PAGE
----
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5 Wash. L. Rev. 91 (1930)
Gross Negligence

handle is hein.journals/washlr5 and id is 97 raw text is: WASHINGTON

Vo,uME V                    JUNE, 1930                    Numnan 3
The rule is well established that the operator of an automobile
owes an invited guest a duty to exercise reasonable care M its oper-
ation, and will be liable to the guest for ordinary negligence winch
causes injury to him.'
Nevertheless, a few jurisdictions have adopted the rule that gross
negligence must be shown in order to hold the operator liable to his
invited guest, or stated conversely, that only slight care is required
of the operator of an automobile toward his invited guest. The
leading case in support of this view is Massaletti v. Fitzroy2 which,
after a very elaborate review and discussion of the authorities on
the subject, concludes that degrees of negligence are recognized
in Massachusetts, and that
the measure of liability of one who undertakes to carry
gratis is the same as that of one who undertakes to keep
winch is only for gross negligence in that jurisdiction. Georgia, in
Epps. v. Patshb,3 and Pennsylvania, in Cody v. Venzte4, also follow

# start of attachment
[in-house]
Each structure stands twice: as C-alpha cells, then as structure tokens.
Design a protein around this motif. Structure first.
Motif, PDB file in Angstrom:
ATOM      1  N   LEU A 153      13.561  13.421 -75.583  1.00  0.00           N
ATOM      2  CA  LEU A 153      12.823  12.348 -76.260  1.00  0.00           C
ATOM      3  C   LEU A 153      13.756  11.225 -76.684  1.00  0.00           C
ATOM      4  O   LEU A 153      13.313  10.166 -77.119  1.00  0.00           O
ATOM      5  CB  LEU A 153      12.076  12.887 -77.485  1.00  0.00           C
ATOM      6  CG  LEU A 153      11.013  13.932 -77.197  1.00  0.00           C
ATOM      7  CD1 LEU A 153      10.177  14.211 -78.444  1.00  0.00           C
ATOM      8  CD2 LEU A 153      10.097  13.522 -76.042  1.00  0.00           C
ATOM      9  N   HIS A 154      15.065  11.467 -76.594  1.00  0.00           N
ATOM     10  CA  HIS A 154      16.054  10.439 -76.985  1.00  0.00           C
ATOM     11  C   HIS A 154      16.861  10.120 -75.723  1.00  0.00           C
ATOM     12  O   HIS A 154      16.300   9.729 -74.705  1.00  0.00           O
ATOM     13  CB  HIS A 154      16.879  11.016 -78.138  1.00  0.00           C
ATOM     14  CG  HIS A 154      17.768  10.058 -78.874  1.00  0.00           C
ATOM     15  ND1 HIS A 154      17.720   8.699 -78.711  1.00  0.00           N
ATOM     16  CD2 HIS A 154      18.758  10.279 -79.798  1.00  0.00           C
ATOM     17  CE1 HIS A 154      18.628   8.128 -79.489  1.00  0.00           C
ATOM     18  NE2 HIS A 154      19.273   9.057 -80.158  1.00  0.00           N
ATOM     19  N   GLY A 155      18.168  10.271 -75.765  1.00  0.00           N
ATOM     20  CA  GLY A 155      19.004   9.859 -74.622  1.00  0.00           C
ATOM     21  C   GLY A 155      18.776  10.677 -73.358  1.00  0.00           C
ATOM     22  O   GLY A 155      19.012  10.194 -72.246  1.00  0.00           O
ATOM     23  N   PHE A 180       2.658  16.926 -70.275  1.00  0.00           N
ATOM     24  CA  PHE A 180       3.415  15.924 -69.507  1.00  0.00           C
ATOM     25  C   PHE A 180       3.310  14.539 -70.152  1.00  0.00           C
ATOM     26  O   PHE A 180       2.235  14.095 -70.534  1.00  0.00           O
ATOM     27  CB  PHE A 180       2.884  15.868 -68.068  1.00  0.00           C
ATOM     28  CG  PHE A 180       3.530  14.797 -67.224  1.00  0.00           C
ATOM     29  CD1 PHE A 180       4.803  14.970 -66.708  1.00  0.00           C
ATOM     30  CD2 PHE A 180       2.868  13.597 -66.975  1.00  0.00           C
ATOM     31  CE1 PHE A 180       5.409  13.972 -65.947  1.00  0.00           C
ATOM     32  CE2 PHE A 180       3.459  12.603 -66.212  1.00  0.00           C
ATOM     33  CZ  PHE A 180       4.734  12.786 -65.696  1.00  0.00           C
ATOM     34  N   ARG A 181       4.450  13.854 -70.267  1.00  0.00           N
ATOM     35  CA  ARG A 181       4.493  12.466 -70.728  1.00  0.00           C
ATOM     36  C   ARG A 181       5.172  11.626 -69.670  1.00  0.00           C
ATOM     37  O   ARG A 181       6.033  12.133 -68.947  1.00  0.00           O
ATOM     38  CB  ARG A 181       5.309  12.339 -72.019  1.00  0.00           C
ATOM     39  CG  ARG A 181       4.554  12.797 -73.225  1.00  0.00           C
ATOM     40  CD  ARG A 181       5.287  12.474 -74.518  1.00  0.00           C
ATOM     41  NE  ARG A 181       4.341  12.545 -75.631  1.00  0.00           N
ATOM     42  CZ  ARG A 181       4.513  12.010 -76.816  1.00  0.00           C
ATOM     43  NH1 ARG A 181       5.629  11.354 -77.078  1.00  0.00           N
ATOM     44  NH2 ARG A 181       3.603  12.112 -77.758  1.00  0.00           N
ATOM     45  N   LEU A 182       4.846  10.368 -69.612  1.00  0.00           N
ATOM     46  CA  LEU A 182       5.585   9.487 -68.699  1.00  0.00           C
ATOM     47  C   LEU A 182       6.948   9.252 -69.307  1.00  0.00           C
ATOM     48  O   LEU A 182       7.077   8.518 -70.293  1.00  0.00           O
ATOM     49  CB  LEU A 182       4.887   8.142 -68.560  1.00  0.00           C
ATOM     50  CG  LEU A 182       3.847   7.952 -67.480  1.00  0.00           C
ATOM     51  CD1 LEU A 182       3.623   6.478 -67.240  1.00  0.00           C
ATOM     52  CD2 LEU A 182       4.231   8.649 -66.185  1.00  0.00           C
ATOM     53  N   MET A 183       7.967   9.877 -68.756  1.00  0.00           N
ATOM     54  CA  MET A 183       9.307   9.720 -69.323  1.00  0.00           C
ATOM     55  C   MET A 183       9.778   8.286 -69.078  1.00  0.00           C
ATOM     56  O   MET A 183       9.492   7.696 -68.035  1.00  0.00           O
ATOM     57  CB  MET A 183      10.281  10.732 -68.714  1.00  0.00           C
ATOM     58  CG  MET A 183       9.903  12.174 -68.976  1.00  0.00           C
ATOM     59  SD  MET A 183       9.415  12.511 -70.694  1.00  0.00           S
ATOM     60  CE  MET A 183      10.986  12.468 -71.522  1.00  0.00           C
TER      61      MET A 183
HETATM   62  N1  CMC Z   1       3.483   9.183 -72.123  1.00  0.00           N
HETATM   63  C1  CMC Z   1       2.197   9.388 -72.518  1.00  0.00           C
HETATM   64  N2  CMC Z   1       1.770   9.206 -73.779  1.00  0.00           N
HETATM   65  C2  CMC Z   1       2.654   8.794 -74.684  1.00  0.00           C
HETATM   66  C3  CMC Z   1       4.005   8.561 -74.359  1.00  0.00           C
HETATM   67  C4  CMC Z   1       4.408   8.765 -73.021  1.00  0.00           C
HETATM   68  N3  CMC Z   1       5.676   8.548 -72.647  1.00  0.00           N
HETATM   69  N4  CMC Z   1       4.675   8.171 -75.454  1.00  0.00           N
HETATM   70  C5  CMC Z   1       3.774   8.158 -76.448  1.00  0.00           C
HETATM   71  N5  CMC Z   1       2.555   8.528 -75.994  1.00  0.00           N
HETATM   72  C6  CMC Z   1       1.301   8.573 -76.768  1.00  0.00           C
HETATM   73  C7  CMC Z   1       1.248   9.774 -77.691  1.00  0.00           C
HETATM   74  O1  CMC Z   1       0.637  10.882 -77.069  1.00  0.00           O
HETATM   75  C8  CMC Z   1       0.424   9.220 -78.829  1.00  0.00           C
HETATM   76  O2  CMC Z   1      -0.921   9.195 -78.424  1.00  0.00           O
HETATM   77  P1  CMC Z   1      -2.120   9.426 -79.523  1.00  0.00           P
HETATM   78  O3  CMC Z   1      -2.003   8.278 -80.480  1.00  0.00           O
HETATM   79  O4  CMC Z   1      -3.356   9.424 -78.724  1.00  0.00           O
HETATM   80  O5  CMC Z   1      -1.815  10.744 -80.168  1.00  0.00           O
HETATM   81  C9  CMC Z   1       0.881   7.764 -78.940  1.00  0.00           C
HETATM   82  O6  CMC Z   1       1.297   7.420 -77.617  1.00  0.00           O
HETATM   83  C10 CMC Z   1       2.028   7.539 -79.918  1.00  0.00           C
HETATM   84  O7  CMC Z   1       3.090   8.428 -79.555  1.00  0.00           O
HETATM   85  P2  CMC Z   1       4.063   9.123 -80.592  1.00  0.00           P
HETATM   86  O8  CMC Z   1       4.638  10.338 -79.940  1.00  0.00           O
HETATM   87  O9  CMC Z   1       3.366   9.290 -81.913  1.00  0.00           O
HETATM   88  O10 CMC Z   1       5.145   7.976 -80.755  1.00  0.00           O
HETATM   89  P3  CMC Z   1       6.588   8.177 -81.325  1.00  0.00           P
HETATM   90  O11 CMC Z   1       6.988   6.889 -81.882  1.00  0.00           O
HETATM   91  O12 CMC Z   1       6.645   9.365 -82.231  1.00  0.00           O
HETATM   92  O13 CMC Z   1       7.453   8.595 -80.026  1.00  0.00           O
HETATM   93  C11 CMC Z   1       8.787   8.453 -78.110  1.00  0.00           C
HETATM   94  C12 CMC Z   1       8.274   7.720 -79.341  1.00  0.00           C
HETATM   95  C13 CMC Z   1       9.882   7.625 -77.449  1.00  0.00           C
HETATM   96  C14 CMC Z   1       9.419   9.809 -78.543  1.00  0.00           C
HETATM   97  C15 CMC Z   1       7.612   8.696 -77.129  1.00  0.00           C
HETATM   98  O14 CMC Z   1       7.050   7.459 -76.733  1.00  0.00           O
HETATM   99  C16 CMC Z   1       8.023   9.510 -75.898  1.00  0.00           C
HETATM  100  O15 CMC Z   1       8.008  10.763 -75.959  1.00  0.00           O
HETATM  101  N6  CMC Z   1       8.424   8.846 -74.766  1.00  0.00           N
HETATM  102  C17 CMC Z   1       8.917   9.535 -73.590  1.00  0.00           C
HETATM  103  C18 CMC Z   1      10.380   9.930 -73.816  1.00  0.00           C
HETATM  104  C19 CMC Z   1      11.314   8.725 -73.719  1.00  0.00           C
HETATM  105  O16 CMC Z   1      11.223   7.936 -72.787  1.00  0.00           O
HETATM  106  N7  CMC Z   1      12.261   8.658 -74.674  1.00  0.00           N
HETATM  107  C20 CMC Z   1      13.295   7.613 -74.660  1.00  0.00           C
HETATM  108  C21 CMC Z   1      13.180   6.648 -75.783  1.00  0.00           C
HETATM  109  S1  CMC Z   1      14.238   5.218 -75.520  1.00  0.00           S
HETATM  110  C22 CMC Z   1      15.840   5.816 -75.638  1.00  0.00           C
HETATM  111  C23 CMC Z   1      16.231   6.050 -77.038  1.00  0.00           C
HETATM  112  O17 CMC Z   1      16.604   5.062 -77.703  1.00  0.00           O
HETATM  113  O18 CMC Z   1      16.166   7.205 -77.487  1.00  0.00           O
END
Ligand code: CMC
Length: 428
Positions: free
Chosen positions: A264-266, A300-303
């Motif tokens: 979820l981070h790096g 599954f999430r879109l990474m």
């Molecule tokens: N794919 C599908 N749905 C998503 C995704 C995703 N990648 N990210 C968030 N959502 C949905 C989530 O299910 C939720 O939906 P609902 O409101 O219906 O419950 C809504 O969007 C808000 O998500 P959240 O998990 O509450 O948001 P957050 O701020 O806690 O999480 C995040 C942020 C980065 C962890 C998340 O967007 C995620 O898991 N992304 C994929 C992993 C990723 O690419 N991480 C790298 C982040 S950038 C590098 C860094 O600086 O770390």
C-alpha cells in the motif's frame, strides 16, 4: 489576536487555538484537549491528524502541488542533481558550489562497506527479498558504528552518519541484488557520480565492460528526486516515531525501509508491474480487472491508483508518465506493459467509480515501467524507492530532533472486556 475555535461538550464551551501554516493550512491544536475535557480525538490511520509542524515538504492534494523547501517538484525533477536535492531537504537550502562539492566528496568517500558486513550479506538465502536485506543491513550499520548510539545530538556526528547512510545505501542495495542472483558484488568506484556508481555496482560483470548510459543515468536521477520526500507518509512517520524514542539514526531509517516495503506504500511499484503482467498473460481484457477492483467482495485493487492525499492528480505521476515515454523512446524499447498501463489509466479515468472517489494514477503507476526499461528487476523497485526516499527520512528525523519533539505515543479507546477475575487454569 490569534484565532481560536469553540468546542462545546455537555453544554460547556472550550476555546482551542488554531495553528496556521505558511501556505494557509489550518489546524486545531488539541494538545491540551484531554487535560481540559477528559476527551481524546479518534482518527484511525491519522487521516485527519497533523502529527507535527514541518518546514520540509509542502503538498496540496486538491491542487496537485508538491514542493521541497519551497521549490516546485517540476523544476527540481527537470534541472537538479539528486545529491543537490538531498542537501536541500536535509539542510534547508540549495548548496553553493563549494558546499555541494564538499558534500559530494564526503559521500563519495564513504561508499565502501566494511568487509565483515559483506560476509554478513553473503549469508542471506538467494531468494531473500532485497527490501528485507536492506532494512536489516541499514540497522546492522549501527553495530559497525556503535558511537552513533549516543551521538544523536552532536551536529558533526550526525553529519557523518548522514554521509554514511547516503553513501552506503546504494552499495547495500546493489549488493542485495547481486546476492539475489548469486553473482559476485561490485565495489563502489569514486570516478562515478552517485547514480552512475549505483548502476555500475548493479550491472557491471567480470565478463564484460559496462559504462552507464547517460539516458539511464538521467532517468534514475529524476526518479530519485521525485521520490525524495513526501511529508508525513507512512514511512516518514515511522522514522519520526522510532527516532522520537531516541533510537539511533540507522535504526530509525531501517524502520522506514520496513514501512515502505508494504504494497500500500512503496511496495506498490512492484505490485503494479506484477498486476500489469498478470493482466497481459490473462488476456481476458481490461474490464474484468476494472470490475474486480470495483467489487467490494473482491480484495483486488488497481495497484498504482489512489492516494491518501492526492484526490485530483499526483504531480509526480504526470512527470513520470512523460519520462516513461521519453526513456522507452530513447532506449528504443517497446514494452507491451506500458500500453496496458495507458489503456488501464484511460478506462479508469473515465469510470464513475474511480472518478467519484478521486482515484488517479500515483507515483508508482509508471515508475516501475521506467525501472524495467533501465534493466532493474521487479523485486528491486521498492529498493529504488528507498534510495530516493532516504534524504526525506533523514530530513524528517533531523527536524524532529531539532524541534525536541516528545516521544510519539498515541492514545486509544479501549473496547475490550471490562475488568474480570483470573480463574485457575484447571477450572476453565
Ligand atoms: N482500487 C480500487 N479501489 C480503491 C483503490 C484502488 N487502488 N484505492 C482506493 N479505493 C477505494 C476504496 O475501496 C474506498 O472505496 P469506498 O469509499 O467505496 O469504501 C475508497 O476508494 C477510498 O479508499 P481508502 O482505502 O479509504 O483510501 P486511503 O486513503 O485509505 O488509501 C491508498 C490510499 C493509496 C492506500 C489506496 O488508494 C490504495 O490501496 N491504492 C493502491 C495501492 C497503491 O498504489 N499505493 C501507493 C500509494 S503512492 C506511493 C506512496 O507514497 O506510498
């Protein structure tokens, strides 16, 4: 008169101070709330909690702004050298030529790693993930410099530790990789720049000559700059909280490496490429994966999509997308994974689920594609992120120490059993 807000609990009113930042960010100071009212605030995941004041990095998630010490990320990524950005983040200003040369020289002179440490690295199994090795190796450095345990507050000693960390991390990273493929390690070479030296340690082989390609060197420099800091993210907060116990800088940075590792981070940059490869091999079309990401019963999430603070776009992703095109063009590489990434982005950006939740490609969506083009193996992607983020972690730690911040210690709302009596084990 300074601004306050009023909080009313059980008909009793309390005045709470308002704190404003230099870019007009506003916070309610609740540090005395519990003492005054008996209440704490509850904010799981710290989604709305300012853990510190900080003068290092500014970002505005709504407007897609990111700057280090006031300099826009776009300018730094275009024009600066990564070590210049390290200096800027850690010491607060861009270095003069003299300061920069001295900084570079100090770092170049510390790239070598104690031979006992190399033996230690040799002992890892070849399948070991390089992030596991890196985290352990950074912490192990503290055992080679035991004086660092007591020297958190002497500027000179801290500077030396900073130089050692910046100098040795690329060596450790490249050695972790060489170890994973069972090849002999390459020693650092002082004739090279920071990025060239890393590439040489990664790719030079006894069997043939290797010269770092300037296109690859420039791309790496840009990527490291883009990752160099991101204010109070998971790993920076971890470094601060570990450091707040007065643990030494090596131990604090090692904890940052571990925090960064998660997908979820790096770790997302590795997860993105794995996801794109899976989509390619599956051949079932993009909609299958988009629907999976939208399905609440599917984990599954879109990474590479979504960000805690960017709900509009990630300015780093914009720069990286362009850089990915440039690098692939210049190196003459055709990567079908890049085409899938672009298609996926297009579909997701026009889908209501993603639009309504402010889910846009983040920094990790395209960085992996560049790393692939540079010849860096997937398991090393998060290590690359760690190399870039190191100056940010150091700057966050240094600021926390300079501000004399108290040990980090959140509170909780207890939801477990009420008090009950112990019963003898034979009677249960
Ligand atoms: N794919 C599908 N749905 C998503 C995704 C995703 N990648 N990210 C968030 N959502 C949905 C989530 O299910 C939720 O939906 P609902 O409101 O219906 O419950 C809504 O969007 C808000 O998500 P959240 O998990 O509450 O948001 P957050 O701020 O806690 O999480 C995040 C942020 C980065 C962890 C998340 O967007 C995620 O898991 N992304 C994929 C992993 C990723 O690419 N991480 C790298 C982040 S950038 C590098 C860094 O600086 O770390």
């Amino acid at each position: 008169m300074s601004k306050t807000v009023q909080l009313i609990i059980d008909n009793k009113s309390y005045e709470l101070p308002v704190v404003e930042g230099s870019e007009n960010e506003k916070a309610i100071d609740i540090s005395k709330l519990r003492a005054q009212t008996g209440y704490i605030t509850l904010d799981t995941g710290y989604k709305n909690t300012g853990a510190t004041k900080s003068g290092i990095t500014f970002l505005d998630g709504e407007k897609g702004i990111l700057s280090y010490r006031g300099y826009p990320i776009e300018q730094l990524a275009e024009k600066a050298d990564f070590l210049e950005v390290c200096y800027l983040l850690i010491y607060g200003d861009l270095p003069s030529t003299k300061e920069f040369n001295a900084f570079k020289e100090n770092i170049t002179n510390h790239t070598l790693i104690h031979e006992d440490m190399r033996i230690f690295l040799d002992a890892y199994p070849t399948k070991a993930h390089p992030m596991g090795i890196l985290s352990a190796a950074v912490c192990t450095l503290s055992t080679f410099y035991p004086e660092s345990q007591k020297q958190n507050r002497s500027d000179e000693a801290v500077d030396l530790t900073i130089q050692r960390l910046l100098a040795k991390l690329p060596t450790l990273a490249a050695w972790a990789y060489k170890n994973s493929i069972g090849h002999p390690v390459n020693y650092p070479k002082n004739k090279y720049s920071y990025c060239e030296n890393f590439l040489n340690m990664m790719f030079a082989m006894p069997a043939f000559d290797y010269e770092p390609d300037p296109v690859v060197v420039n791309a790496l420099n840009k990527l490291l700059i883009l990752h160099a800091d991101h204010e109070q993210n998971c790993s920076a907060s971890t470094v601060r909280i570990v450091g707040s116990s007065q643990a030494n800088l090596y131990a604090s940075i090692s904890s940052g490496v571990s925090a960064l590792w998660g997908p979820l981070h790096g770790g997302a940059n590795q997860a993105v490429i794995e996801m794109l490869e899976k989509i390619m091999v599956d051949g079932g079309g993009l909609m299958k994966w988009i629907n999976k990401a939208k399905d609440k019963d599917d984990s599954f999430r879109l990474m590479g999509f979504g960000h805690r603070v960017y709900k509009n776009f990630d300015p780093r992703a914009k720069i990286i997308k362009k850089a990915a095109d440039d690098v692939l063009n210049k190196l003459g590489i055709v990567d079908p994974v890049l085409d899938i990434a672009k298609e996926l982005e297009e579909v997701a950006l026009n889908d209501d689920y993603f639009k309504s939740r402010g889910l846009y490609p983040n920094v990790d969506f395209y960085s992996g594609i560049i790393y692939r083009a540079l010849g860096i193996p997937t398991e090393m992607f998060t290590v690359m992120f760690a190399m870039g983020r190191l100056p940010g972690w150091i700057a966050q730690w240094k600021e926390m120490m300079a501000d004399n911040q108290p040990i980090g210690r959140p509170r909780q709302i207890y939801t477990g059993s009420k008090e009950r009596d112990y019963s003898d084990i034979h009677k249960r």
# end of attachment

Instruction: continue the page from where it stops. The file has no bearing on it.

the gross negligence doctrine.
The latter doctrine is now firmly established in the Washington
law. The first case of significance seems to be Pinckard v. Peasi,3
in winch a guest was injured when the car skidded through a bridge
railing while the owner was hurrying to take the guest (a doctor)
to the bedside of the owner's mother. The court said that the
IPerkins v. Galloway, 194 Ala. 265, L. R. A. 1916E 1190, 69 So. 875
(1915) Beard v. Klusmeter, 158 Ky. 153, 164 S. W  319, 50 L. R. A. (n.s.)
1100, Ann. Cas. 1915D 342 (1914) Avery v. Thompson, 117 Me. 120, 103
Atl. 4, L. R. A. 1918D 205 (1918) Collections of cases in 20 A. L. R. 1014,
228 Mass. 487, 118 N. E. 168, L. R. A. 1918C 2644, Ann. Cas. 1918B 1088,
18 N. C. C. A. 690 (1917)
2 26 Ga. App. 399. 106 S. E. 297 (1921).
'263 Pa. 541, 107 Atl. 383 (1919). But see Ferrell v. Solskz, 278 Pa. 565,
123 Atl. 493 (1924), where the court cited Cody v. Venzze, supra, as au-
thority for the statement that the driver of an automobile was bound to
exercise ordinary care to prevent harm to his guest.
1115 Wash. 282, 197 Pac. 49 (1921).

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